When young children are allowed to make some choices for themselves they start to be able to think for themselves and this leads them to making choices about their own actions. Making choices about their own actions is the first step on the path to developing self-discipline.
Create an environment that offers the possibility for your child to make appropriate choices
- Everybody must learn to make choices in life. But not everyone realises that the capacity to get good at making choices can be nurtured during the first years of life. That’s why it is very important that we give young children opportunities to practise making choices. Of course we know that young children love to have things their own way and that making choices or accepting changes to their usual routine may be challenging for them which in turn, can be challenging for you. So if you are going to allow your child to have some practice at making choices, you need to think about the choices that you are prepared to give her. T hen offer the choices in a clear way, be prepared to accept her decision, and let her have her choice.
- Offer choices where you are happy for either outcome such as ‘Would you like peanut butter or cheese on your sandwich?’ or 'Do you want to wear your striped pants or your corduroy pants?' or ‘Shall we buy red apples today or green ones?’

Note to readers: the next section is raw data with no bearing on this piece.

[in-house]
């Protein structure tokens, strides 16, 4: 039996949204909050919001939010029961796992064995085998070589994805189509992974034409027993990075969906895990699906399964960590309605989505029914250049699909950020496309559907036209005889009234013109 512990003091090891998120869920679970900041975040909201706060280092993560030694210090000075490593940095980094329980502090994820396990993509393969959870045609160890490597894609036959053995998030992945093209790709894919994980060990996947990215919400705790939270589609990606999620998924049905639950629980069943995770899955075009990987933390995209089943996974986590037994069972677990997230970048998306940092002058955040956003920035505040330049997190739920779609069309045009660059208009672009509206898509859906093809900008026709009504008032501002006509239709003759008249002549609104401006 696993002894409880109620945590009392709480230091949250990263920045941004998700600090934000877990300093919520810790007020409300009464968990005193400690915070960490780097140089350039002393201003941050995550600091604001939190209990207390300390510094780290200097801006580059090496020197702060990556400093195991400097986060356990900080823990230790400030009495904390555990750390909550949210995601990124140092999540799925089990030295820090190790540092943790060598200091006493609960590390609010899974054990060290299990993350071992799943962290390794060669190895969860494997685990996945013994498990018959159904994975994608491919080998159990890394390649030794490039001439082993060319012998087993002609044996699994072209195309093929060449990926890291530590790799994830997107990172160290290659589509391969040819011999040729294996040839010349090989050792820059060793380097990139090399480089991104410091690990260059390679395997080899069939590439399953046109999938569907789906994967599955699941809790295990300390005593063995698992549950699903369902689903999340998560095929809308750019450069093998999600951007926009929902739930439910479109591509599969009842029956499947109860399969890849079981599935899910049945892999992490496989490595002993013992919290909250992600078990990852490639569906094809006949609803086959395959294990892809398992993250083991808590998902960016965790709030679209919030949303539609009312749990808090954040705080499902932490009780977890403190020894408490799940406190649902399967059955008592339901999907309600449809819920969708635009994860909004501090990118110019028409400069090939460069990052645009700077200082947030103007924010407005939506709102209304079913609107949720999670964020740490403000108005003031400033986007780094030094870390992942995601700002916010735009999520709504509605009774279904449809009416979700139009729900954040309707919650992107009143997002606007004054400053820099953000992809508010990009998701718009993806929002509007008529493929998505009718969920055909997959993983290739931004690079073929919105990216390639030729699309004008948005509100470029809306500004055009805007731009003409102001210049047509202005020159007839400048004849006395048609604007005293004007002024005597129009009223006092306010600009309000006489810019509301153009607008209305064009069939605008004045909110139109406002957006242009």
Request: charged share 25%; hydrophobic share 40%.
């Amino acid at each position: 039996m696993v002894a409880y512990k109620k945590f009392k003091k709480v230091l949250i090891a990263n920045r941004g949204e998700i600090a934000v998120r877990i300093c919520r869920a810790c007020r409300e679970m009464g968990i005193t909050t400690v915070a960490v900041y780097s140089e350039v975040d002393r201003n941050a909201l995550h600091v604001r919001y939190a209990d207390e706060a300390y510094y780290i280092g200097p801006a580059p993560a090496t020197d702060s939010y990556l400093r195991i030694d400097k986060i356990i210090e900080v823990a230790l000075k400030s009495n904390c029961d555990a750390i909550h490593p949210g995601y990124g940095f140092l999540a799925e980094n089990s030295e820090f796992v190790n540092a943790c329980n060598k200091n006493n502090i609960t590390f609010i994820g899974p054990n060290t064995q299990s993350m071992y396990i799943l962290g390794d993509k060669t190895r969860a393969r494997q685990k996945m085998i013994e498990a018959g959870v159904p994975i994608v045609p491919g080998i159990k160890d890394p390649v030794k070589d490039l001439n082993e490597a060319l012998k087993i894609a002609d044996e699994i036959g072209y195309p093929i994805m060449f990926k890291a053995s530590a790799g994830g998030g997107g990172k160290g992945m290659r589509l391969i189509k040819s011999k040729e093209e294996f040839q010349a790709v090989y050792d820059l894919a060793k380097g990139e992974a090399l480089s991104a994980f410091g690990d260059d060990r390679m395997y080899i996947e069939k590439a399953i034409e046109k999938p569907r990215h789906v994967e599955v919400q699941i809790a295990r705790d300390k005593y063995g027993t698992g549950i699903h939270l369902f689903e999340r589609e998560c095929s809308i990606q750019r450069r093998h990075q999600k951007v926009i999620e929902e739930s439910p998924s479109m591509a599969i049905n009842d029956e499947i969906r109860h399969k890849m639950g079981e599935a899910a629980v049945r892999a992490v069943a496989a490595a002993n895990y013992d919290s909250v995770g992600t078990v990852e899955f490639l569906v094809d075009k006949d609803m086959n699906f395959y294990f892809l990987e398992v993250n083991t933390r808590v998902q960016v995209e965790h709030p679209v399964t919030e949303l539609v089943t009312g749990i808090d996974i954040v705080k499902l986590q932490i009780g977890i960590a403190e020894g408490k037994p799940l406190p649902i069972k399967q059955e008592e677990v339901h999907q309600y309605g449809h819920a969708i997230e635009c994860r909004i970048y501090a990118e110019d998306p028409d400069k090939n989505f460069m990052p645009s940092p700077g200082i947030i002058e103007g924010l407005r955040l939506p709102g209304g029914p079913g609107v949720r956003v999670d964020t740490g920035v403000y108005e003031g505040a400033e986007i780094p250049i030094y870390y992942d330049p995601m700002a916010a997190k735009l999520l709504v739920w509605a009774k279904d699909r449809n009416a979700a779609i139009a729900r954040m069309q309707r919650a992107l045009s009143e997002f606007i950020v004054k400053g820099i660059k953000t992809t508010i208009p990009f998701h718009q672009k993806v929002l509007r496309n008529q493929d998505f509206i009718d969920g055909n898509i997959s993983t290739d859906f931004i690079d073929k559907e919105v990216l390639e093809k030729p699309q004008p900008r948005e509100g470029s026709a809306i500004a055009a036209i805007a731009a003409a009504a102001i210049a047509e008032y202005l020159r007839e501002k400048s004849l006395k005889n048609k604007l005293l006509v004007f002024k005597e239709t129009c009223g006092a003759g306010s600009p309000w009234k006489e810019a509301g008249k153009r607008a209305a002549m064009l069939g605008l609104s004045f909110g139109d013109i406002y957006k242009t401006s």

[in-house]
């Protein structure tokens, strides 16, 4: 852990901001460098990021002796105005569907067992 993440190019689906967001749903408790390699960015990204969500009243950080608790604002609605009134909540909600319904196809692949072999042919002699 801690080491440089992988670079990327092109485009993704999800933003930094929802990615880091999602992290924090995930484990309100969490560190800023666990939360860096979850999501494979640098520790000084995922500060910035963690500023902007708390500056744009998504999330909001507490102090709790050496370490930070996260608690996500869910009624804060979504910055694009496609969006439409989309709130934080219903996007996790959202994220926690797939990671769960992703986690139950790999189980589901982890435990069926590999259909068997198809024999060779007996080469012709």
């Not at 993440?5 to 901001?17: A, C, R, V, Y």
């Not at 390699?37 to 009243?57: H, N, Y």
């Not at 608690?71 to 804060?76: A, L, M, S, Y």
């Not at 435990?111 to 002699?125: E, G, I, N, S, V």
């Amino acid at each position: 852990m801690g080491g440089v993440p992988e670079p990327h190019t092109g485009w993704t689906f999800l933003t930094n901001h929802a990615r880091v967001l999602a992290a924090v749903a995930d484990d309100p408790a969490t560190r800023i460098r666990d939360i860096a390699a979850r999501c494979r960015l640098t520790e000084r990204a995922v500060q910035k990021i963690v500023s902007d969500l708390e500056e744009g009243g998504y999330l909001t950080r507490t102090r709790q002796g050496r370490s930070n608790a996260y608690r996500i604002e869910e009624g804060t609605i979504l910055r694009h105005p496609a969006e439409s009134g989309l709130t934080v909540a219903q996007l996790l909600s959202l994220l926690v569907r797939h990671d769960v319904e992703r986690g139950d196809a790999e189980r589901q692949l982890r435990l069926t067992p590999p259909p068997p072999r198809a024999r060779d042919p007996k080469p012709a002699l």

- Don’t use choices to manipulate or threaten your child. For example ‘Do you want to eat your dinner or do you prefer to go right to bed?’ This makes your child feel that they are not really allowed to make choices.
- A few choices every day are enough for your child to cope with at first and as she gets used to making choices you can increase the number of decisions you allow her to make.
- Each opportunity to choose from two options and to make a decision increases your child’s sense of herself as a person who is responsible for her actions. It will take time, of course, for her to understand the things she can make choices about and the things that are non-negotiable. But as she starts to understand that she can be responsible for her own actions and she senses that you are prepared to trust her to make some decisions she becomes increasingly in control of herself. In this way each choice she makes is a step on the path to self-discipline.